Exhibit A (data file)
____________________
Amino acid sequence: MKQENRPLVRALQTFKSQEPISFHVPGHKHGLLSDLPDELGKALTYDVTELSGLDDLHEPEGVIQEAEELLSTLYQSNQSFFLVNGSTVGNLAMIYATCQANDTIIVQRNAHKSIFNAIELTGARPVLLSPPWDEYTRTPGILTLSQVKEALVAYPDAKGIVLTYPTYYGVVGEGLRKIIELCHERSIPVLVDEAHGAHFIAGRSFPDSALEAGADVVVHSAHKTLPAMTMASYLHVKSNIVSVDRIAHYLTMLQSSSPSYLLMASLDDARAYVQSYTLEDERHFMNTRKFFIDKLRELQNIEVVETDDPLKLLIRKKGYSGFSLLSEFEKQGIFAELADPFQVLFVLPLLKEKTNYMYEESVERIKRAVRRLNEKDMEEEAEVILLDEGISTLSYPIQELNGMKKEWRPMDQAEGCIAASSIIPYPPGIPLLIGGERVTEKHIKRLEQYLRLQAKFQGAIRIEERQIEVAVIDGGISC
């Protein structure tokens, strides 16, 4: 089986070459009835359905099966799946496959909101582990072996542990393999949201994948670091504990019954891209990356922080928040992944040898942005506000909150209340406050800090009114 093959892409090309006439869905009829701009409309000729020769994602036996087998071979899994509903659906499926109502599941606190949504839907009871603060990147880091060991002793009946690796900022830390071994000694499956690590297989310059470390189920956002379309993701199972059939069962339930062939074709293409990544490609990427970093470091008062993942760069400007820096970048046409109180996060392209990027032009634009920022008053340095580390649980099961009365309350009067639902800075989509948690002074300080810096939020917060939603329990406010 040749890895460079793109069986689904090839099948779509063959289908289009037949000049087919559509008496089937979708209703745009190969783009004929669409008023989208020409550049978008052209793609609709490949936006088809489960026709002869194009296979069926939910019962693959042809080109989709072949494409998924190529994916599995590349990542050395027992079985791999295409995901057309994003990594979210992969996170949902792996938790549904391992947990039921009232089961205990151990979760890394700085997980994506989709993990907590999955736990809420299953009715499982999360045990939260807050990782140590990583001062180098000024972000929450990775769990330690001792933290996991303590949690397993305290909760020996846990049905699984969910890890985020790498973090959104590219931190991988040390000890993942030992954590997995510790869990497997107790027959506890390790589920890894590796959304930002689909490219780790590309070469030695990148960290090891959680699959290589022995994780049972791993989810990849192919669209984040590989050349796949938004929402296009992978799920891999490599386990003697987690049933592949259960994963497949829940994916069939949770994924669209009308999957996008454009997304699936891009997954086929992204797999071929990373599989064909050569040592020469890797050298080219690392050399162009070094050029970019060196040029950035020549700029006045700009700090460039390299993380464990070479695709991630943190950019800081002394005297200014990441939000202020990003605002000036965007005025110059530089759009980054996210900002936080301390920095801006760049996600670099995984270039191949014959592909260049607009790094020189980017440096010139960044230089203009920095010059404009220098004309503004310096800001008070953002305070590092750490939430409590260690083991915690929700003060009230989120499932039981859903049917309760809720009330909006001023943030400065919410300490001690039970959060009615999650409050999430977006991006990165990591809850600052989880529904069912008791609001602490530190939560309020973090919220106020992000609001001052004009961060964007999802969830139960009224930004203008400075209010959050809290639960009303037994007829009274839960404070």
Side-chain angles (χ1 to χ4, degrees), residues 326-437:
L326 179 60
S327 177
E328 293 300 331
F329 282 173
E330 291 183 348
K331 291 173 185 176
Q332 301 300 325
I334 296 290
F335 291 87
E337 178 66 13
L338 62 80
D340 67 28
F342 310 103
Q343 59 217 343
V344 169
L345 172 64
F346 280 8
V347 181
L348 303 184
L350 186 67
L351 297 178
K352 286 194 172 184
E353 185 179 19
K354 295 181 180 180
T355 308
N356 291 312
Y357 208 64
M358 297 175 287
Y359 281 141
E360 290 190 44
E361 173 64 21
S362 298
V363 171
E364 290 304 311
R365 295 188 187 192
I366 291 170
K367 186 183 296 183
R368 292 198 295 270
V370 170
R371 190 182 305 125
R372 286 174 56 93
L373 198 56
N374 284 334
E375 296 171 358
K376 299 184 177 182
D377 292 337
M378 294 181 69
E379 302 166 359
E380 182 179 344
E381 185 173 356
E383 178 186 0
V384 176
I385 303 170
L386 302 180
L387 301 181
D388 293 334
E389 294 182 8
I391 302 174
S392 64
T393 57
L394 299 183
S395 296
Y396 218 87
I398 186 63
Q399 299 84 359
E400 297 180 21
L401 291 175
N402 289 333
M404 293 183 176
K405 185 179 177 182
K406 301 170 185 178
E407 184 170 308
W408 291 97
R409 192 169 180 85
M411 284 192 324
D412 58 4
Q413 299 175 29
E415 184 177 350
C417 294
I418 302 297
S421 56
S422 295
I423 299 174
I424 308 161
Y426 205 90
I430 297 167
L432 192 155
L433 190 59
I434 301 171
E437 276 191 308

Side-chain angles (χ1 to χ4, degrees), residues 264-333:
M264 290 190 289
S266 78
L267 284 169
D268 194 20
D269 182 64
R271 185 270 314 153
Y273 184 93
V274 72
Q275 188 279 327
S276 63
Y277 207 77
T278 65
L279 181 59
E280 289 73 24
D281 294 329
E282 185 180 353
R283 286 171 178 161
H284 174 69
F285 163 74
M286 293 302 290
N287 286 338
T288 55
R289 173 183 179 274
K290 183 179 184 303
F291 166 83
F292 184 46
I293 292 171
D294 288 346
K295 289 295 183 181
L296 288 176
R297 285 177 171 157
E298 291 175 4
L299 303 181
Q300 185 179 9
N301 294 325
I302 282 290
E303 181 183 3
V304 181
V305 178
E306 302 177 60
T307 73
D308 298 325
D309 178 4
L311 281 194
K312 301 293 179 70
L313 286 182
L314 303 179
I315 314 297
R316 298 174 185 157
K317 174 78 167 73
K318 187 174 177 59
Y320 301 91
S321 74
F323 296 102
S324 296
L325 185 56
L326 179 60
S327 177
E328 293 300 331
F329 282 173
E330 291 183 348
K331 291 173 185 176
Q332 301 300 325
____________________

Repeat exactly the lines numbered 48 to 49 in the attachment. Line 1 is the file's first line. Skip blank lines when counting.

K376 299 184 177 182
D377 292 337